17West Virginia (Berkeley County), Falling Waters — Battle of Falling WatersCrockett-Porterfield House
On the morning of July 2, 1861, Federal troops under General Robert Patterson crossed the Potomac River from Maryland and marched toward Martinsburg. Confederate Colonel Thomas J. Jackson’s command marched from Camp Stephens, four miles north of . . . — Map (db m45605) HM
18West Virginia (Berkeley County), Falling Waters — Battle of Falling WatersHarper’s 5th Virginia Infantry
On the morning of July 2, 1861, Federal troops under General Robert Patterson crossed the Potomac River from Maryland and marched toward Martinsburg. Confederate Colonel Thomas J. Jackson’s command marched from Camp Stephens, four miles north of . . . — Map (db m58078) HM
19West Virginia (Berkeley County), Falling Waters — Battle of Falling WatersFour Apostles of the 1st Rockbridge Artillery
On the morning of July 2, 1861, Federal troops under General Robert Patterson crossed the Potomac River from Maryland and marched toward Martinsburg. Confederate Colonel Thomas J. Jackson’s command marched from Camp Stephens, four miles north of . . . — Map (db m58080) HM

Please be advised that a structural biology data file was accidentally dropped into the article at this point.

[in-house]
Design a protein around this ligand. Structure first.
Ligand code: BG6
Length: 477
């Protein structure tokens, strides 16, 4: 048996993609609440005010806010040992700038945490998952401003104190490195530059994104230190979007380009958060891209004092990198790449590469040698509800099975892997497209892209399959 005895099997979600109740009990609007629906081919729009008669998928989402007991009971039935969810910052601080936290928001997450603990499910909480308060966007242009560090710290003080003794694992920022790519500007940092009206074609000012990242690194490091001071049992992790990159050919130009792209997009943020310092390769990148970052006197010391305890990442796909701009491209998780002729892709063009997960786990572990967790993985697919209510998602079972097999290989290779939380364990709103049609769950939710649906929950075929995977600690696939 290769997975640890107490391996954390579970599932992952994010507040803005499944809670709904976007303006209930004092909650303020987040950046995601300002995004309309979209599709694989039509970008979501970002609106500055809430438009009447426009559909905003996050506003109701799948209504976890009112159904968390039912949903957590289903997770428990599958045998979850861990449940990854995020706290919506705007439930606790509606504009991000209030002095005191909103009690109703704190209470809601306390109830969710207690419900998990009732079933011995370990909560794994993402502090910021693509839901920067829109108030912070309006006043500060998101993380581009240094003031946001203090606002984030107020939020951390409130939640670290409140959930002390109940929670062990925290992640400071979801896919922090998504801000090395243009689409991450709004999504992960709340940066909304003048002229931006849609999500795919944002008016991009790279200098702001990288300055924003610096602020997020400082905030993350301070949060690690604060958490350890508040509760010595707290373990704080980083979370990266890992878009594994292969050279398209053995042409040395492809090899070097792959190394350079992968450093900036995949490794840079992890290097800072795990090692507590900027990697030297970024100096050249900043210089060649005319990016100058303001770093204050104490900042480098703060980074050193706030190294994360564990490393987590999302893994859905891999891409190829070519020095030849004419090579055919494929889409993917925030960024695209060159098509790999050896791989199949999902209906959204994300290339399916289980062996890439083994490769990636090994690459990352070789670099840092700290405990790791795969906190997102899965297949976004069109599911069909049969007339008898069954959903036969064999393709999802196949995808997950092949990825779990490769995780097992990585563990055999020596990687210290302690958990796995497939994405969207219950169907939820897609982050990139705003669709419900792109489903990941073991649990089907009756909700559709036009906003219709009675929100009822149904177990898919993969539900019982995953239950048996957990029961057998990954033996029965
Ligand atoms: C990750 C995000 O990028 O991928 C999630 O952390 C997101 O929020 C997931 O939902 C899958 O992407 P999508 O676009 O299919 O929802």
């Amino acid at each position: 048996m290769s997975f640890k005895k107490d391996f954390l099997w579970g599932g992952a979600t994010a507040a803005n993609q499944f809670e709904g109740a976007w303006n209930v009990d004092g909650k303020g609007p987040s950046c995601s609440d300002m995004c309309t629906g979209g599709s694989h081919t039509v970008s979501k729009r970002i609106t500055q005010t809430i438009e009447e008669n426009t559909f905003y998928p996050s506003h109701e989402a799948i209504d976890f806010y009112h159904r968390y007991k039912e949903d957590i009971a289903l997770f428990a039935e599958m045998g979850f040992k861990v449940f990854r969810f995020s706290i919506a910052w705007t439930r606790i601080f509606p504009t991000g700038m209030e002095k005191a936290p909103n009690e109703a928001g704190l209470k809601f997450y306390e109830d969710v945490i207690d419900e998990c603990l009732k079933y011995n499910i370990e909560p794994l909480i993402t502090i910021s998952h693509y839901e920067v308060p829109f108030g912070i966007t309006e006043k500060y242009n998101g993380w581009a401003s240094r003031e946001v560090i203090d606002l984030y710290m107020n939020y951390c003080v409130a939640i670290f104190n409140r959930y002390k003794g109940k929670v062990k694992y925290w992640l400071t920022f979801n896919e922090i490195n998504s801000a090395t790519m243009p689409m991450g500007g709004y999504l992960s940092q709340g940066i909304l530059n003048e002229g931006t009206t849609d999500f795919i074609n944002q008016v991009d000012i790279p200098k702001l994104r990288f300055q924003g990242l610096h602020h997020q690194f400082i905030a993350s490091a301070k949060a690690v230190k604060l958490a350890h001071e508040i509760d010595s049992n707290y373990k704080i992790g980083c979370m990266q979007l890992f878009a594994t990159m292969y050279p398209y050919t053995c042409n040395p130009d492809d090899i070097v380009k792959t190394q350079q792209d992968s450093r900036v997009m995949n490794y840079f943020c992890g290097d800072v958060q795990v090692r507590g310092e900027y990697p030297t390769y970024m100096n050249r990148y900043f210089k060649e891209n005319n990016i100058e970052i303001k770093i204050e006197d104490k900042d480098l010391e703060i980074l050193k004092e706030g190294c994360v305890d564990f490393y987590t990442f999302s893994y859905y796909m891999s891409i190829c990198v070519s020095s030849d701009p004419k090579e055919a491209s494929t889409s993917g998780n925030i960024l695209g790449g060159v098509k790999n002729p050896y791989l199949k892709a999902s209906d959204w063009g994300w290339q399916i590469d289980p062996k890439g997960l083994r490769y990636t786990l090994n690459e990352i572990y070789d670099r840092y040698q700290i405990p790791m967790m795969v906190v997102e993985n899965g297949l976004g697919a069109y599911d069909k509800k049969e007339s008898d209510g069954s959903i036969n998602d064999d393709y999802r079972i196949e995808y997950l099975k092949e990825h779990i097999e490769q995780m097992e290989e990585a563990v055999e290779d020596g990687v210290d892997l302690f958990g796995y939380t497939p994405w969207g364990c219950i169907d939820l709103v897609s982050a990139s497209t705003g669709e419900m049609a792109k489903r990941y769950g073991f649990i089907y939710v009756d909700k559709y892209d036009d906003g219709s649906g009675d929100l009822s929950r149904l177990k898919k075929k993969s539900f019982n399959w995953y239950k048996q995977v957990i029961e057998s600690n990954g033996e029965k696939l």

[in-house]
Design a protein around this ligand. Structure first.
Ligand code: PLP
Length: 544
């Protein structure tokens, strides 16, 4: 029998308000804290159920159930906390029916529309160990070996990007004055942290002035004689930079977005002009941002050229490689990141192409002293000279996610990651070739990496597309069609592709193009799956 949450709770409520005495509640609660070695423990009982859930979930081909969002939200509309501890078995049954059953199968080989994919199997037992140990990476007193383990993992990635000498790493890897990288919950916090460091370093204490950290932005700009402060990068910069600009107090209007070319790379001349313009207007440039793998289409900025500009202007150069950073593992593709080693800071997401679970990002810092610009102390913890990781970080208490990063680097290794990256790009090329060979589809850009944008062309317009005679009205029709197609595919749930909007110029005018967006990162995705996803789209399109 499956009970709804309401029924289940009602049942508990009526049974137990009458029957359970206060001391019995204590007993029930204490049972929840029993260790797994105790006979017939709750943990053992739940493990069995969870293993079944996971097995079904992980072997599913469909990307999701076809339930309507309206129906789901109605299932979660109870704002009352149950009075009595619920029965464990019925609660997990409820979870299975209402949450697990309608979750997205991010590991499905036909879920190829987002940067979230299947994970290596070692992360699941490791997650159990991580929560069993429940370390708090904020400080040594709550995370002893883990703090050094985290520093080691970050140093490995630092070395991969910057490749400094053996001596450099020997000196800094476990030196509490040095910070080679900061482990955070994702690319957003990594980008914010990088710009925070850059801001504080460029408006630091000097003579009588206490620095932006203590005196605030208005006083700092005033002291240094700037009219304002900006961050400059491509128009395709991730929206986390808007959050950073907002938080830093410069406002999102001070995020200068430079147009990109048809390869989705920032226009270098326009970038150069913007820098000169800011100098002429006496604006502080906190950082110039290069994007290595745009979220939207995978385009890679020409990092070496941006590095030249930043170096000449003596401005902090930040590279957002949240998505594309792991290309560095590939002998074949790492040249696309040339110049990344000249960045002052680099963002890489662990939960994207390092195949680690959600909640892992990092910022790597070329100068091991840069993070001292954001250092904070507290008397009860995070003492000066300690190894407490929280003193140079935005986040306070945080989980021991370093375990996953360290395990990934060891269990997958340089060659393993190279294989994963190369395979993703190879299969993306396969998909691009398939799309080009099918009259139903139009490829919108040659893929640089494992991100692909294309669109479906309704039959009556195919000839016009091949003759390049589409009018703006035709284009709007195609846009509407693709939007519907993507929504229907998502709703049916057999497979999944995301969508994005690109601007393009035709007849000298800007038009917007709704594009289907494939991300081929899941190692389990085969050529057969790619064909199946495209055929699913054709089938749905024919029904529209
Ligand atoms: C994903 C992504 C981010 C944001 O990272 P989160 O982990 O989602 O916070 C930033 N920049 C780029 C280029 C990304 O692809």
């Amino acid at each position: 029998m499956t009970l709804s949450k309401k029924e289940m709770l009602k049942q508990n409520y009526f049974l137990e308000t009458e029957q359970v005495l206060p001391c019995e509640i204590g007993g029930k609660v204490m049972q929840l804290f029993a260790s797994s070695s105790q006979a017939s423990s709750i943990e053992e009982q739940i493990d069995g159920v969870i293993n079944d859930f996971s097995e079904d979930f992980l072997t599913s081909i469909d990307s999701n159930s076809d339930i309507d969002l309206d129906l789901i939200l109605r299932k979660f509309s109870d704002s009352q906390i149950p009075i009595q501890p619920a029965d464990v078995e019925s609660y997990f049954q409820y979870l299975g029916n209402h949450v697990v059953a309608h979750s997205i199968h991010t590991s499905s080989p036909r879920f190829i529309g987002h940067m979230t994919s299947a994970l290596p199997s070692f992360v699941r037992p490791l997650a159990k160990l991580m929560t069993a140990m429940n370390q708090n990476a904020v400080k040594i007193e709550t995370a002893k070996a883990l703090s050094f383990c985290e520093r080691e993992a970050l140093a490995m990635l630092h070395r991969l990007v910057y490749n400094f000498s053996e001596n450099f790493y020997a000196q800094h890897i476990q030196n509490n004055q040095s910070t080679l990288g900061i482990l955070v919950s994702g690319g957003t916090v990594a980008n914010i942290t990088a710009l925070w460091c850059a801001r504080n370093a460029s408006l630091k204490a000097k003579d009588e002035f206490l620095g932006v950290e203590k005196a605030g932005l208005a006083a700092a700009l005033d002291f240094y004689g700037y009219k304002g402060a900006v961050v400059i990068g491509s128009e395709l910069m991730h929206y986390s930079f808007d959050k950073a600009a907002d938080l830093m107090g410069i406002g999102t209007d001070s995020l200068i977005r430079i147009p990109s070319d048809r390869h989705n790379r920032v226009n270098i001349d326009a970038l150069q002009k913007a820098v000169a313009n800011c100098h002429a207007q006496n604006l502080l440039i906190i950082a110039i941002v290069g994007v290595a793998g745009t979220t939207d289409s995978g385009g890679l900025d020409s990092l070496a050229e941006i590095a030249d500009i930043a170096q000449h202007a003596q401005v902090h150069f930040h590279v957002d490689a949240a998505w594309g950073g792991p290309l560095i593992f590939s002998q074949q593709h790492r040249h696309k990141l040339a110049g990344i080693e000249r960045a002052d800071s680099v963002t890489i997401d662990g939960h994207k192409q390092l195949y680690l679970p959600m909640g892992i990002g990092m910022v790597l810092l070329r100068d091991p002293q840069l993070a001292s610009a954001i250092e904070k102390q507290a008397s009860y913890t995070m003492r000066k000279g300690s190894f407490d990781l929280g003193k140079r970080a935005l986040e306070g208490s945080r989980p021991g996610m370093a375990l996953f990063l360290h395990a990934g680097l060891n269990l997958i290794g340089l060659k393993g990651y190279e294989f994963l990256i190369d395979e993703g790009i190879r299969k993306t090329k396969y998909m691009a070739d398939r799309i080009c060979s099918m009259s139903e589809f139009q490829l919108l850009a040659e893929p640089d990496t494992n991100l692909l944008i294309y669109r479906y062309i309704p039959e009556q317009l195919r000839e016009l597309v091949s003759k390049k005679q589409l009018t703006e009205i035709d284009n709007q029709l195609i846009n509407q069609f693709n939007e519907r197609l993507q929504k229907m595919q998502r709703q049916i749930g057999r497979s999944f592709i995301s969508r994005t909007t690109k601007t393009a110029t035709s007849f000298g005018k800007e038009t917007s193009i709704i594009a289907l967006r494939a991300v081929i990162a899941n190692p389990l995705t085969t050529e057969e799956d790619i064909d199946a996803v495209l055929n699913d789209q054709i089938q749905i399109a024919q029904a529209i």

20West Virginia (Berkeley County), Falling Waters — Battles of Falling Waters“A splendid falls”
During the Civil War, the strategically important Valley Turnpike crossed the stream just above the small waterfall here. Two battles were fought nearby. The first occurred on July 2, 1861, half a mile south on the Porterfield Farm. On the morning . . . — Map (db m58083) HM
21West Virginia (Berkeley County), Falling Waters — General “Stonewall” Jackson
In Memory of General “Stonewall” Jackson This tablet is erected by the Berkeley County Chapter United Daughters of the Confederacy to commemorate an instance of General Jackson’s remarkable bravery at all times in the face of the gravest . . . — Map (db m41626) HM
22West Virginia (Berkeley County), Falling Waters — Stumpy’s HollowJuly 2, 1861